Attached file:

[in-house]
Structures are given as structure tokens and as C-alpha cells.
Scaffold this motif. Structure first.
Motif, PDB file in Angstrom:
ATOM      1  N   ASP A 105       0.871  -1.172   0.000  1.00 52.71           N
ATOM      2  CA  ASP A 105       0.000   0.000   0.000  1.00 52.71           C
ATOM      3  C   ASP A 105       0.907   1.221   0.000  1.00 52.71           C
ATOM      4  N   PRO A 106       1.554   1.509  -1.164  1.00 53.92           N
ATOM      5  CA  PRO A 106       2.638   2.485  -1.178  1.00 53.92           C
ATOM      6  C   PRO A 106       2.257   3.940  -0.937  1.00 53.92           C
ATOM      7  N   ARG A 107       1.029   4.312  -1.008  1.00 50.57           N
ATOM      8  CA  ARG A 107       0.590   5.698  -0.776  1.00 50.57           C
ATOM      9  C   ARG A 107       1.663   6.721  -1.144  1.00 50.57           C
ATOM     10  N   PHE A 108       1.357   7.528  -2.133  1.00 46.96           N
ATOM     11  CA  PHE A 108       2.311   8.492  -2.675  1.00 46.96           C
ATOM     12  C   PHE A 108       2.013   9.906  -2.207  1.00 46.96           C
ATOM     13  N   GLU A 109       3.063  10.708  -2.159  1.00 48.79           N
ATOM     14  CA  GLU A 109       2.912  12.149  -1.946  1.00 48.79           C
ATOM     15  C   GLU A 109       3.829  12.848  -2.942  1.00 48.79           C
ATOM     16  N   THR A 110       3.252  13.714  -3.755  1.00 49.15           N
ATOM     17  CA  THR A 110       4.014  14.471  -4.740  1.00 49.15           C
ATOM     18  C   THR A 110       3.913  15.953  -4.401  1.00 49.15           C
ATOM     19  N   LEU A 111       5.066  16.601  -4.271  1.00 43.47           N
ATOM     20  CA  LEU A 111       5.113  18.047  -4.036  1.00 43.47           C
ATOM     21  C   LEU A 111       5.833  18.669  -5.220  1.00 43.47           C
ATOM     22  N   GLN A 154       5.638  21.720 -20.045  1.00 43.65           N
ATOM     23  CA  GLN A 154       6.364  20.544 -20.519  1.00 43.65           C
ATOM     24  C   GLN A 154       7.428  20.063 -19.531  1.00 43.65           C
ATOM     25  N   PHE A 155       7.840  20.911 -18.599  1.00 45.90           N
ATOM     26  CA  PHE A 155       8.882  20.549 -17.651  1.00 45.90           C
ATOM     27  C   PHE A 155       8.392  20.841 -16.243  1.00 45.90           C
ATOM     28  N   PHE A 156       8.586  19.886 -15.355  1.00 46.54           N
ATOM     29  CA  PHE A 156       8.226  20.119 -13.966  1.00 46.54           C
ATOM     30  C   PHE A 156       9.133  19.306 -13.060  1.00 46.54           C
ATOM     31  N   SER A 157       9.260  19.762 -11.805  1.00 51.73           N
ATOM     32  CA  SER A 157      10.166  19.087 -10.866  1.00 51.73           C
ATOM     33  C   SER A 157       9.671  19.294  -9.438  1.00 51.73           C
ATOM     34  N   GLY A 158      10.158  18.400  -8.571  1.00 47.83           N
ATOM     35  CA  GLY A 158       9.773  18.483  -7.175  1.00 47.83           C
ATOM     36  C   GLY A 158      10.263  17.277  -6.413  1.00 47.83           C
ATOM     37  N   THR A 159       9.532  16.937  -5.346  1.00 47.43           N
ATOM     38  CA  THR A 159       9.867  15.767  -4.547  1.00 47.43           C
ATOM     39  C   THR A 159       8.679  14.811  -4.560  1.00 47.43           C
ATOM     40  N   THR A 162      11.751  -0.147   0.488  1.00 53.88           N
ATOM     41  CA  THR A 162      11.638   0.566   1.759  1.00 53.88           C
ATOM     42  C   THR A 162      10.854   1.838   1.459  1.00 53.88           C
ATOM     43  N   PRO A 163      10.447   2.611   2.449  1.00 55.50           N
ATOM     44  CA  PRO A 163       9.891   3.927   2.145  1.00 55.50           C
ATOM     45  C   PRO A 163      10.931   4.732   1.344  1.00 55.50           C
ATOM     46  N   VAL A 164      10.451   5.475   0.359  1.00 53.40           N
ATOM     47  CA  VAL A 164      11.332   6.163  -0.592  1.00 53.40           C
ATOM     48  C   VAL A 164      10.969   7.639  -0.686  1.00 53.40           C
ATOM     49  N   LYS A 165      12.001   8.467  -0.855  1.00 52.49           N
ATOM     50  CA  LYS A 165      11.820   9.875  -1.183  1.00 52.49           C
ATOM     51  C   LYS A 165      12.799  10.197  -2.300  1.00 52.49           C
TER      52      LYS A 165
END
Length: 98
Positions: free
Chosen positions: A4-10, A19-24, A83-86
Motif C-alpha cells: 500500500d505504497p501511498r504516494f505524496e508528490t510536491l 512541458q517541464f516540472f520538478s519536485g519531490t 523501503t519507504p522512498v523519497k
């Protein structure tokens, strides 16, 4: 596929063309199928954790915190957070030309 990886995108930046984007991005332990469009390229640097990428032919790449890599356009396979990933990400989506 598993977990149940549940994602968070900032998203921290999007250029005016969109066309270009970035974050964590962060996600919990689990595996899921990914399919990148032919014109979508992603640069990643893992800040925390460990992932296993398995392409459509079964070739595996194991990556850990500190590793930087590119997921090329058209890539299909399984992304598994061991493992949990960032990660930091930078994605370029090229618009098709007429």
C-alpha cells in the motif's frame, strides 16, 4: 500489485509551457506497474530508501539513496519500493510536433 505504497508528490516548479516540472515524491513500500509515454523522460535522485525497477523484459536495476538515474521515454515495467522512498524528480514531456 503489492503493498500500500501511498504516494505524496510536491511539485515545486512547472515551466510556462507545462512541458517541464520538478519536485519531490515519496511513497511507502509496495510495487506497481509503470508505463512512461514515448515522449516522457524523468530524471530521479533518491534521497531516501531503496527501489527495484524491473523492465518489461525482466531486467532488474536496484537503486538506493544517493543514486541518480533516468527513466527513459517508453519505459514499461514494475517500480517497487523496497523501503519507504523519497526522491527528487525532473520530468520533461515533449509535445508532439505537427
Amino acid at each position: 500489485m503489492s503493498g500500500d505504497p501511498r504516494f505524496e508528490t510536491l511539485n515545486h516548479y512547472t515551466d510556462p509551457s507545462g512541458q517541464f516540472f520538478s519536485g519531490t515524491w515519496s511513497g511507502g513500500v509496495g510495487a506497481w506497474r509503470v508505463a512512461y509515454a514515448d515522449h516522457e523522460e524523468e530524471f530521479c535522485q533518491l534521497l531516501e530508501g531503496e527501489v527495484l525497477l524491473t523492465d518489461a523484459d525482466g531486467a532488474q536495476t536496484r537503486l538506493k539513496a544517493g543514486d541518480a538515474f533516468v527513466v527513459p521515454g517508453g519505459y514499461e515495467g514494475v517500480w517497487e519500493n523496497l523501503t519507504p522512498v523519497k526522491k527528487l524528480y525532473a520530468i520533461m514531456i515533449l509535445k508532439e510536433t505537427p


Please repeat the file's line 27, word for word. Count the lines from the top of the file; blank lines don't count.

ATOM     23  CA  GLN A 154       6.364  20.544 -20.519  1.00 43.65           C